David has, more recently, left the gothic soap opera genre and moved into the forensic investigations realm with his Fox show Bones. At the time of the interview Bones was still “on break,” as he benignly put it. “Everyone’s pretty much shut down as far as Hollywood is concerned, we’re kind of in a holding pattern.” The show already had four pre-strike episodes in the can, but after producers and writers ironed things out, the show was back in production and the network plans to start airing new episodes in April. And then “how many episodes we do from there until May is dependent on how many we can get done, at least as the current season is concerned.”
In Bones, David portrays Special Agent Seeley Booth alongside Emily Deschanel’s forensic-nerd hottie, Dr. Temperance “Bones” Brennan. Every week the pair solve murders based on what they can extract from human remains in various states of decomposition. Bones is part of the larger “cops with corpses” trend that has taken over the hour-long TV crime genre. Everything from the ubiquitous CSI franchise down to the god-awful Navy NCIS is built around scene-after-scene of attractive actors leaning over piles of mangled body parts with beaker and UV-light in hand. So, how does Bones go about standing apart from all those other shows, like, say a Navy NCIS? “Well that’s a very procedural show—they heighten and explore the procedure of solving crime with DNA and blood. I actually don’t even like Bones when it goes in those directions, so I’m always spinning it in the character’s head—spinning it to what makes this character tick and make the character come out in the forefront rather than the B-story of the crime and the DNA… Even if we were in the lab or dissecting the DNA and the blood, I have to find ways to have Booth and Bones connect mentally, spiritually, hilariously. That’s what’s intriguing for the audience: to have a relationship with the characters, rather than the DNA. Some people really enjoy watching those other kind of shows, but that’s not what I like.”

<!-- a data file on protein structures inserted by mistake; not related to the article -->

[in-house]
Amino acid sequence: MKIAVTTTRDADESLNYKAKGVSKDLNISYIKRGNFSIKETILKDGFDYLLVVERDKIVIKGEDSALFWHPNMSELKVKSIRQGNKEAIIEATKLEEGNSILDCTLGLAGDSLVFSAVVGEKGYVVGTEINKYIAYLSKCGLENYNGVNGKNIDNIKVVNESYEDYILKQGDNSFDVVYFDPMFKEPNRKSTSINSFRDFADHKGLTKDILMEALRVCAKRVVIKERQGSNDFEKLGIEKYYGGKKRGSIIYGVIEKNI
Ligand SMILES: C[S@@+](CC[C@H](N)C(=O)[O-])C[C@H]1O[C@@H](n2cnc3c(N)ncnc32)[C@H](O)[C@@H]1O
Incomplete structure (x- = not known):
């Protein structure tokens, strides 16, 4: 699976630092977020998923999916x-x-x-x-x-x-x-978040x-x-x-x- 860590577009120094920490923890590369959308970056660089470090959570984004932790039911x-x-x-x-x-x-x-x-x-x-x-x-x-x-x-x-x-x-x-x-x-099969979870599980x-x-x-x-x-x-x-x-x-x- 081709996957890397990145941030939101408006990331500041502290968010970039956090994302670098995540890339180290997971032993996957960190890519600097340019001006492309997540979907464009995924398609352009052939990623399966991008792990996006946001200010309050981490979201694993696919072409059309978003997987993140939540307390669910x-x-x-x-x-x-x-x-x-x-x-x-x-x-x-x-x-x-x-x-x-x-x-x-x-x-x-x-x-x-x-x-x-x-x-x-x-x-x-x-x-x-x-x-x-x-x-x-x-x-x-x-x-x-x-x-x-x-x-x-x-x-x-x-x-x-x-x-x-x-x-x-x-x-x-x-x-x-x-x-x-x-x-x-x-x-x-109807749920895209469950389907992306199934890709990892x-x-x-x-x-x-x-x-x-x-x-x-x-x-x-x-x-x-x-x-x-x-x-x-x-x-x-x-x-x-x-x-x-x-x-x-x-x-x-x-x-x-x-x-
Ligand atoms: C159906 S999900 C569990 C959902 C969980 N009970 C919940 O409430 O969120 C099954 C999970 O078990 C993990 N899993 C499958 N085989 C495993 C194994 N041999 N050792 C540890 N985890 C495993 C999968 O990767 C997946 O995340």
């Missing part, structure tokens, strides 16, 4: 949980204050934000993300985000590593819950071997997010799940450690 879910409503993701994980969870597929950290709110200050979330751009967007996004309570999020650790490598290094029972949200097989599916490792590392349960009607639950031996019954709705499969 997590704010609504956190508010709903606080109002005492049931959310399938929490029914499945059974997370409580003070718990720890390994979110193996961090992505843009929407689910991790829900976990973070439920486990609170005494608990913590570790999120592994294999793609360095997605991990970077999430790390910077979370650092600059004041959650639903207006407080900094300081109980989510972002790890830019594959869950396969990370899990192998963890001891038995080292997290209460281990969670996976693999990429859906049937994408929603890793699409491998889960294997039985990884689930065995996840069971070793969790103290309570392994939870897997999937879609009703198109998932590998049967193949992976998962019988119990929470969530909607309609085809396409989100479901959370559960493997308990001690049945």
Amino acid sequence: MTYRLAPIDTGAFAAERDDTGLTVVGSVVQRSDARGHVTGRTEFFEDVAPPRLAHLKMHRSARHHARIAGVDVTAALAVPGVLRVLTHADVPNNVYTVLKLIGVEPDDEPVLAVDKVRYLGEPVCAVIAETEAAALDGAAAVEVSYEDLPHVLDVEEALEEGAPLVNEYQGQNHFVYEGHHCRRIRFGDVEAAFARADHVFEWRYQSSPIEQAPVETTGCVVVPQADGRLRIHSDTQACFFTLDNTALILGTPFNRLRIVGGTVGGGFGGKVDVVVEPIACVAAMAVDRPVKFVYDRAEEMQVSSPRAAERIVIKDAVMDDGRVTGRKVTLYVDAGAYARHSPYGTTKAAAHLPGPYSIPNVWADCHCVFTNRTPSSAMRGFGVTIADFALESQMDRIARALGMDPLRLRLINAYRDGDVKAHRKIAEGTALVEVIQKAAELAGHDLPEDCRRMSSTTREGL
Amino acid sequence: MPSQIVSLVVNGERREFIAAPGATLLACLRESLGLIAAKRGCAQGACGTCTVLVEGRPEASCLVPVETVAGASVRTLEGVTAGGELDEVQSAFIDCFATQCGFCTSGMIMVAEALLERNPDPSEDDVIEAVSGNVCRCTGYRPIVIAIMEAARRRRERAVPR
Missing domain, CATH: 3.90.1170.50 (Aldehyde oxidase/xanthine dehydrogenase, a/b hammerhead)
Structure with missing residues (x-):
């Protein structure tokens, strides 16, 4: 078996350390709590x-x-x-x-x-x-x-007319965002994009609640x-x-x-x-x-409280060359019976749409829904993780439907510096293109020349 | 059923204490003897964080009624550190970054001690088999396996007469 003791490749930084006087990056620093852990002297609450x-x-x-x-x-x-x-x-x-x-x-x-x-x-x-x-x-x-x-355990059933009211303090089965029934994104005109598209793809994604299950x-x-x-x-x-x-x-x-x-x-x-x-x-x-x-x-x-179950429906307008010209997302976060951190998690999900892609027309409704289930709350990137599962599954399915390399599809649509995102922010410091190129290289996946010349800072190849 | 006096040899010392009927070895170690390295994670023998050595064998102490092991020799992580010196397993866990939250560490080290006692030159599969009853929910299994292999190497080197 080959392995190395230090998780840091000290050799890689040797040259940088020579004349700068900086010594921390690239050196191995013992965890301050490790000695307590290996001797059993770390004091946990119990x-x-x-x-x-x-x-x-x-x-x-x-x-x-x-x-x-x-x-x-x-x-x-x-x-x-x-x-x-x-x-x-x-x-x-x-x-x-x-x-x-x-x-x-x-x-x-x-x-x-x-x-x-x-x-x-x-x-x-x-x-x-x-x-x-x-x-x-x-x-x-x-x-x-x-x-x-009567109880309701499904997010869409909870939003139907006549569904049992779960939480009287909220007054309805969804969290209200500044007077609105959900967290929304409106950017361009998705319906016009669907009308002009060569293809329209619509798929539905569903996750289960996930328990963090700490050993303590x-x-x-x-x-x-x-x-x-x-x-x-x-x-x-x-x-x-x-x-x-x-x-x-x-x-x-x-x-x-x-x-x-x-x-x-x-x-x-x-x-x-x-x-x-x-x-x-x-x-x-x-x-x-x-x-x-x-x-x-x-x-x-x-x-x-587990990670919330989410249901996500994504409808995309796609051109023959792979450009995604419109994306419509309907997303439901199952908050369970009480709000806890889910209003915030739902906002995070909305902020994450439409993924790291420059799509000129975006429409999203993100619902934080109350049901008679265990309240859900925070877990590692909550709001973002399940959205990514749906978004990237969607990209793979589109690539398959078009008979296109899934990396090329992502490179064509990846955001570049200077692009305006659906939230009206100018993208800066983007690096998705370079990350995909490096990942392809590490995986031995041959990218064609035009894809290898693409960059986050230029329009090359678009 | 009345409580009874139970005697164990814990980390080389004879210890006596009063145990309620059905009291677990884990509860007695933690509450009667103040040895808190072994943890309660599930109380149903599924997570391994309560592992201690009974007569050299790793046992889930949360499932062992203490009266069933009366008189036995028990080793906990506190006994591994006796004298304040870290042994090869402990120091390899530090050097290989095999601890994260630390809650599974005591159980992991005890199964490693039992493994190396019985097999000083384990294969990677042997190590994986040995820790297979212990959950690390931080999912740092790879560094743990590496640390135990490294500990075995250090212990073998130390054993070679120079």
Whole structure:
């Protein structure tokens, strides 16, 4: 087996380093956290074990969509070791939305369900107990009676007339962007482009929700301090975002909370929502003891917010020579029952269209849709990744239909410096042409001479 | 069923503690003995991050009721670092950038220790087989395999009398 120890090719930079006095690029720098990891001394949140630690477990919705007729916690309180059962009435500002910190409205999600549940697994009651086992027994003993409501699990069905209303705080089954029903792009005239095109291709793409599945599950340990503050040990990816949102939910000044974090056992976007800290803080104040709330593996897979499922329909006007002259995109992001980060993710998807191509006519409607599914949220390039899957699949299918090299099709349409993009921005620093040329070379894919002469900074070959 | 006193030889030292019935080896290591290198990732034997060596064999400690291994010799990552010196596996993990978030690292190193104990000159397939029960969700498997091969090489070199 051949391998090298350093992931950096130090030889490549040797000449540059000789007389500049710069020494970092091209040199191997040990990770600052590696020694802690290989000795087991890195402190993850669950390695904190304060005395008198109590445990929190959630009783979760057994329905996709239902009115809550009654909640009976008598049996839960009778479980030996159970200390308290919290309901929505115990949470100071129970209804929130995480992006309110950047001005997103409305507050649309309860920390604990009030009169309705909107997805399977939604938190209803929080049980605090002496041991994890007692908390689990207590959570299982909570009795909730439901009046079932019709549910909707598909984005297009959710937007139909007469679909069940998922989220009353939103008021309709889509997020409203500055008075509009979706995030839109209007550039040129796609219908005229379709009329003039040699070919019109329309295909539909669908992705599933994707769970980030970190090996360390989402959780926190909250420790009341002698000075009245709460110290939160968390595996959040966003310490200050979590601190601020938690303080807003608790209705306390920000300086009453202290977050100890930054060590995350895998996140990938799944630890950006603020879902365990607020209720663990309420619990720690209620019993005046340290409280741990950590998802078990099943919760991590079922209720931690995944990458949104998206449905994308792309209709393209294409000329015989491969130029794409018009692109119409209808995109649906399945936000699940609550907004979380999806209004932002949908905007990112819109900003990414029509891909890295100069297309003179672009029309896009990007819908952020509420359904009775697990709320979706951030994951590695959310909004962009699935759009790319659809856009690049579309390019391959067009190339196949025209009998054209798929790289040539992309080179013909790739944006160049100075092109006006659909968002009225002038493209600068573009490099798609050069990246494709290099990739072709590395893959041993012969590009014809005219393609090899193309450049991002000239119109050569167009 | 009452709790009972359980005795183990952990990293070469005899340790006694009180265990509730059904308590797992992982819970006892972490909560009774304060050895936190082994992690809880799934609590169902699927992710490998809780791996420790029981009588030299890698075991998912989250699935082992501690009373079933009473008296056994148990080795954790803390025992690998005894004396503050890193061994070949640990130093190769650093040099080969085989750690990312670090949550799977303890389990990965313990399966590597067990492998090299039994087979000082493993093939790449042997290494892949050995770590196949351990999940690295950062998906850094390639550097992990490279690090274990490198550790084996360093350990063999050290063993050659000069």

But for a short while, David took a break from Bones as writers and producers worked to find a shared definition of “residual.” His time off from Bones wasn’t all vacation however. He recently finished shooting the sports drama Our Lady of Victory alongside Entourage’s Carla Gugino where he plays husband to the coach of the first col-
lege women’s basketball national champions. He also has been able to spend a lot more time with his wife Jaime Bergman, an actress and former Playboy model and their five-year old son at their vacation home in Park City, Utah. “We get up there as much as we can. I love being outdoors. I do some mountain biking. I took up fly fishing this year. And ice hockey—play tons of ice hockey.” He also does a bit of traveling to the east coast and hits up London when he can. And, of course enjoys a good “cedar-wrapped Fuente—that’s what I like. I’m more of a mild cigar guy. I don’t like hard Cubans, I like something smooth, not as heady. I always appreciate a fine cigar when I hang out down in Mexico. A good cigar always goes nice with some Sambuca—dip the tip in to it, makes for the perfect smoke. I’m also a big golf-smoker—when playing a round with the guys, I always enjoy a nice stogie.”
Boreanaz has certainly seen his hard work rewarded with three hit shows and a rabid following. He has done some film work before, such as 2001’s horror flick Valentine, but is starting to gear himself towards more thoughtful fare such as starring alongside Allen Cummings and Carrie Fisher in last year’s independent dark comedy Suffering Man’s Charity. Unfortunately, any more ventures into film might be in a bit of a holding pattern until the strike bottle neck works its way through. But on a positive note, that gives him plenty of time to, say, go for a nice walk with his dog and see where destiny takes him next.
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SMOKE - Spring, 2008